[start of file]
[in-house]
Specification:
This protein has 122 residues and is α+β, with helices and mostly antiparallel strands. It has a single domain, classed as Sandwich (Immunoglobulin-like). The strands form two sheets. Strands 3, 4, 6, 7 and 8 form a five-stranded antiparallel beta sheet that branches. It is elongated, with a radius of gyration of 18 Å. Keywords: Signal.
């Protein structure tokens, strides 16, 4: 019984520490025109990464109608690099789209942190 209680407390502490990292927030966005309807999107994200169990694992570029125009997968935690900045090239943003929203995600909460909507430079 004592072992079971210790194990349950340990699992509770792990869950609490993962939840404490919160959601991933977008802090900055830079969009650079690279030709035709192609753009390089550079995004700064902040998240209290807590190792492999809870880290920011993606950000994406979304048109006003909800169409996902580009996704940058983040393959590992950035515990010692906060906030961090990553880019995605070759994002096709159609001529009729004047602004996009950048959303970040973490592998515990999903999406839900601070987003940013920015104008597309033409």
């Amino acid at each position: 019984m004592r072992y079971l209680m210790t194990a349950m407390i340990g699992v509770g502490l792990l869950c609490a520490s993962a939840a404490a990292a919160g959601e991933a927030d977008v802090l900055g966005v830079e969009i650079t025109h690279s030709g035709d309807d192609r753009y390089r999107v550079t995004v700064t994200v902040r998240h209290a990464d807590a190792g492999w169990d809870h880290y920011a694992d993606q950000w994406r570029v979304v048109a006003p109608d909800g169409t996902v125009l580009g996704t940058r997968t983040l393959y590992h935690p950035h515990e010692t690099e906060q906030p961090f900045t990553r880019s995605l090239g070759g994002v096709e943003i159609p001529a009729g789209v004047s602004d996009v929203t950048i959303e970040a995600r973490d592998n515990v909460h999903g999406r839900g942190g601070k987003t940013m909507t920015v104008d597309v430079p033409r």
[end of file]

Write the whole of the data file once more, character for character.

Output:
[in-house]
Specification:
This protein has 122 residues and is α+β, with helices and mostly antiparallel strands. It has a single domain, classed as Sandwich (Immunoglobulin-like). The strands form two sheets. Strands 3, 4, 6, 7 and 8 form a five-stranded antiparallel beta sheet that branches. It is elongated, with a radius of gyration of 18 Å. Keywords: Signal.
């Protein structure tokens, strides 16, 4: 019984520490025109990464109608690099789209942190 209680407390502490990292927030966005309807999107994200169990694992570029125009997968935690900045090239943003929203995600909460909507430079 004592072992079971210790194990349950340990699992509770792990869950609490993962939840404490919160959601991933977008802090900055830079969009650079690279030709035709192609753009390089550079995004700064902040998240209290807590190792492999809870880290920011993606950000994406979304048109006003909800169409996902580009996704940058983040393959590992950035515990010692906060906030961090990553880019995605070759994002096709159609001529009729004047602004996009950048959303970040973490592998515990999903999406839900601070987003940013920015104008597309033409």
């Amino acid at each position: 019984m004592r072992y079971l209680m210790t194990a349950m407390i340990g699992v509770g502490l792990l869950c609490a520490s993962a939840a404490a990292a919160g959601e991933a927030d977008v802090l900055g966005v830079e969009i650079t025109h690279s030709g035709d309807d192609r753009y390089r999107v550079t995004v700064t994200v902040r998240h209290a990464d807590a190792g492999w169990d809870h880290y920011a694992d993606q950000w994406r570029v979304v048109a006003p109608d909800g169409t996902v125009l580009g996704t940058r997968t983040l393959y590992h935690p950035h515990e010692t690099e906060q906030p961090f900045t990553r880019s995605l090239g070759g994002v096709e943003i159609p001529a009729g789209v004047s602004d996009v929203t950048i959303e970040a995600r973490d592998n515990v909460h999903g999406r839900g942190g601070k987003t940013m909507t920015v104008d597309v430079p033409r």